Banana value chain innovations create income opportunities for farmers and retailers
RTB is working with local partners along the entire cooking banana value chain in Uganda – from the farm to the market – testing strategies to reduce postharvest loss and differentiate products in order to improve incomes and food security.
Cooking banana is the main staple crop in Uganda, grown mostly by smallholders who eat about 60% of production and sell about 40%. The crop is an important source of income for farmers and other value chain actors, but a significant portion of cooking banana production is lost or damaged due to the fruit’s short shelf life and poor handling.
A team of researchers from Bioversity, CIRAD, IITA and Uganda’s National Agricultural Research Organization (NARO) is working with farmers, transporters, vendors and exporters in Central and Western Uganda on ways to reduce loss and increase the earnings of smallholders and cooking banana sellers – most of who are women. The collaboration is one of four subprojects under ‘Expanding Utilization of RTB and Reducing Their Postharvest Losses’ (RTB-ENDURE), a three-year (2014-2016) initiative working with banana, cassava, potato and sweetpotato in Uganda, funded by the European Union and the International Fund for Agricultural Development.
According to Diego Naziri, value chain expert and RTB-ENDURE project coordinator, the cooking banana research team has worked with farmers and transporters to decrease postharvest loss while testing ways for retailers to increase their earnings from cooking banana. He noted that a 2015 market study showed that women are disproportionately affected by postharvest loss, because they are largely responsible for retailing the crop and frequently have to sell damaged bananas for low prices. He added that women vendors earn smaller margins than middlemen and transporters.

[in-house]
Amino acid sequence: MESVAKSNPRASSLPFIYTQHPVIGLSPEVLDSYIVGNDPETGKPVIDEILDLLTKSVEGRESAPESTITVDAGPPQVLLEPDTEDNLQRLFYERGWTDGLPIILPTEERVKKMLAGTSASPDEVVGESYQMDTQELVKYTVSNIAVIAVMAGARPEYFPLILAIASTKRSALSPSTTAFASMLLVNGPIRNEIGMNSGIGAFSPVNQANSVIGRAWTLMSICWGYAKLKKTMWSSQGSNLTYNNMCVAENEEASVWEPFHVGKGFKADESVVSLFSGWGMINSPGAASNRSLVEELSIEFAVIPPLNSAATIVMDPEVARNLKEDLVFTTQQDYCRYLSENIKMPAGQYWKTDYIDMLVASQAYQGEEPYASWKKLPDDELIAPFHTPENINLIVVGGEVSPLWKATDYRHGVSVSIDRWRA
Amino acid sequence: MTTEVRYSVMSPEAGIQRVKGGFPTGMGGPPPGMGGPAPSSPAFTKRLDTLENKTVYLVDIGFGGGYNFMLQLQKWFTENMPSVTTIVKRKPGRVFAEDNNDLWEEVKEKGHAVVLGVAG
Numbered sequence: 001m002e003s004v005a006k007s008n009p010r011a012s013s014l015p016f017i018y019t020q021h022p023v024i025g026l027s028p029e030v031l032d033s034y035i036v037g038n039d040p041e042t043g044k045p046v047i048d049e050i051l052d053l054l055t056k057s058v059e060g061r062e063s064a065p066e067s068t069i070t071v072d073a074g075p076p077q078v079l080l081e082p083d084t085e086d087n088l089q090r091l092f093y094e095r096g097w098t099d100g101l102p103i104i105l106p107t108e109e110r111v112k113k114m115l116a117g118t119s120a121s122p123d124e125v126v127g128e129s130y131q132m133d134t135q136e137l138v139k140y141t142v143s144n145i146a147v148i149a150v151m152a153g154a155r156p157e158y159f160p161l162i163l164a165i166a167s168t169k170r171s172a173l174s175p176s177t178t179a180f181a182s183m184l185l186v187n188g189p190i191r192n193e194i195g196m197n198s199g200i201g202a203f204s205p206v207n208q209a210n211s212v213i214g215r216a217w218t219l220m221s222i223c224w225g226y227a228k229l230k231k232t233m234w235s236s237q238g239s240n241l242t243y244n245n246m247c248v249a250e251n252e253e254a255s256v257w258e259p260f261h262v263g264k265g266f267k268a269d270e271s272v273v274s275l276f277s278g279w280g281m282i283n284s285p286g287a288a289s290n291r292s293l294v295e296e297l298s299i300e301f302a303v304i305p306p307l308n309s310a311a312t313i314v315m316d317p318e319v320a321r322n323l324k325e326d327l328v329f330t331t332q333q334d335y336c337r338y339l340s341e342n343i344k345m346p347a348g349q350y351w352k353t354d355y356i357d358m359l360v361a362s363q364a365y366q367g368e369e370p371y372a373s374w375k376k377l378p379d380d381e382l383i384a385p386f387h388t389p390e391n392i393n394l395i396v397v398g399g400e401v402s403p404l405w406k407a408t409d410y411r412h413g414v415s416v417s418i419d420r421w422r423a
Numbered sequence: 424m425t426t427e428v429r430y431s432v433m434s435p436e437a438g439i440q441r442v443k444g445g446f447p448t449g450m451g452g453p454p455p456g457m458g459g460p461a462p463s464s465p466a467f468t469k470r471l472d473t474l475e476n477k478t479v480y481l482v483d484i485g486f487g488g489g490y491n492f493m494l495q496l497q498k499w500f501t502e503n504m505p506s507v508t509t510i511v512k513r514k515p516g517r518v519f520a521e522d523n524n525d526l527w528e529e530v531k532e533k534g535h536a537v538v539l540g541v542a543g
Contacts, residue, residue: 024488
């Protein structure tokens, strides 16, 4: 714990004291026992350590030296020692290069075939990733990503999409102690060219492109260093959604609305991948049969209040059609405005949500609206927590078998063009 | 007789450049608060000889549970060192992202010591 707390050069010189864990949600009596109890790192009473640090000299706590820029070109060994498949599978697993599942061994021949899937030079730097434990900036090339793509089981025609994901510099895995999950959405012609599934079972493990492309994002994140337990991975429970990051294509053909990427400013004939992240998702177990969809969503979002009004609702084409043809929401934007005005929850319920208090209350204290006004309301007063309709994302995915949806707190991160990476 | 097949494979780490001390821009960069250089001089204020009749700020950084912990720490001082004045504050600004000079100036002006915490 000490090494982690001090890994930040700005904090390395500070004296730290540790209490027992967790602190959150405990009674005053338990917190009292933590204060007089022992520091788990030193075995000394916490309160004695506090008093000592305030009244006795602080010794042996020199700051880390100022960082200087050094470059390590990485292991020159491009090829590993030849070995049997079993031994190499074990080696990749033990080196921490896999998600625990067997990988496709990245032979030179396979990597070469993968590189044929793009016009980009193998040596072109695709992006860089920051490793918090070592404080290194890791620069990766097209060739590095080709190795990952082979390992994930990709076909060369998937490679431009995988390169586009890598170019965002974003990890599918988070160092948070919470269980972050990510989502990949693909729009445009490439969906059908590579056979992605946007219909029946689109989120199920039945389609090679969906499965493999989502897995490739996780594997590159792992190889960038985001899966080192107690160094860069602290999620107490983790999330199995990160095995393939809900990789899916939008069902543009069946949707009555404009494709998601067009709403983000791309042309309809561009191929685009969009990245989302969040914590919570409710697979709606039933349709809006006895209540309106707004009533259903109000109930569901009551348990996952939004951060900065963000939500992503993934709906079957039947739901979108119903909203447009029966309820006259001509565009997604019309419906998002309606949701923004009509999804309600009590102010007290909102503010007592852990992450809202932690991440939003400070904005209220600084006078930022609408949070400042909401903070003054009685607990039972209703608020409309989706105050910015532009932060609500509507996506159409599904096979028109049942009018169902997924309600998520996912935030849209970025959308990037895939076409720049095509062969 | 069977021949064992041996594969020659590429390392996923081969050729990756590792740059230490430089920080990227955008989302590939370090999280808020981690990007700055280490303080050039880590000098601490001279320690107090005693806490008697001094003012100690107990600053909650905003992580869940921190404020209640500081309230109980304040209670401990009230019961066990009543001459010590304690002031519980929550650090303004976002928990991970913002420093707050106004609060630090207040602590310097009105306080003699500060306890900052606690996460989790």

Because losses are highest during peak harvest, when the banana supply surpasses demand, RTB researchers are testing staggered planting systems, with 266 farmers trained in staggered planting in 2015. They also identified cooking banana varieties that produce robust fruit with a longer shelf life that is less susceptible to damage. Although there is market demand for these kinds of varieties, few farmers grow them. The RTB-ENDURE banana team worked with smallholders to select four such varieties for planting and provided training in macro-propagation of planting material and better agronomic practices to boost farm production.
Bioversity researcher Enoch Kikulwe, the banana subproject coordinator, explained that farmer groups built macro-propagation chambers where clean planting material for the selected varieties provided by NARO is multiplied for distribution to smallholders. He cited the example of a group of women in Lwakalolo Parish, in Ddwaniro Sub-County, who also use their macro-propagation chamber for training other farmers. Researchers also helped farmers establish 10 mother gardens – four of which are managed by women – where they grow the new varieties. At the same time, CIRAD researcher Christophe Bugaud is trying to determine the best harvesting times for desired postharvest properties, combining sums concept, potential storage and sensory evaluation of fruit.
RTB researchers are also testing ways to increase retail margins by diversifying the way cooking bananas are sold, such as by breaking bunches into smaller units (clusters, fingers or peeled bananas) that are sorted, graded, and labeled by cultivar. The banana team provided business training to two women who recently moved into wholesale – an activity dominated by men – and helped them gain access to credit, markets in Kampala and banana exporters as part of a strategy to promote women’s participation in market-chain links with higher margins.
“When value chains improve, men often supplant women, but we’re trying to avoid this,” said Naziri, who added that gender was integrated into the participatory market chain approach used for all subprojects.
Kikulwe explained that the women the project has helped move into wholesale will purchase the bananas with longer shelf life from participating farmers, which should improve smallholder incomes while reducing the risk of fruit loss for the wholesalers and vendors they sell to. This and other innovations facilitated by RTB-ENDURE have the potential to be scaled out within Uganda and beyond.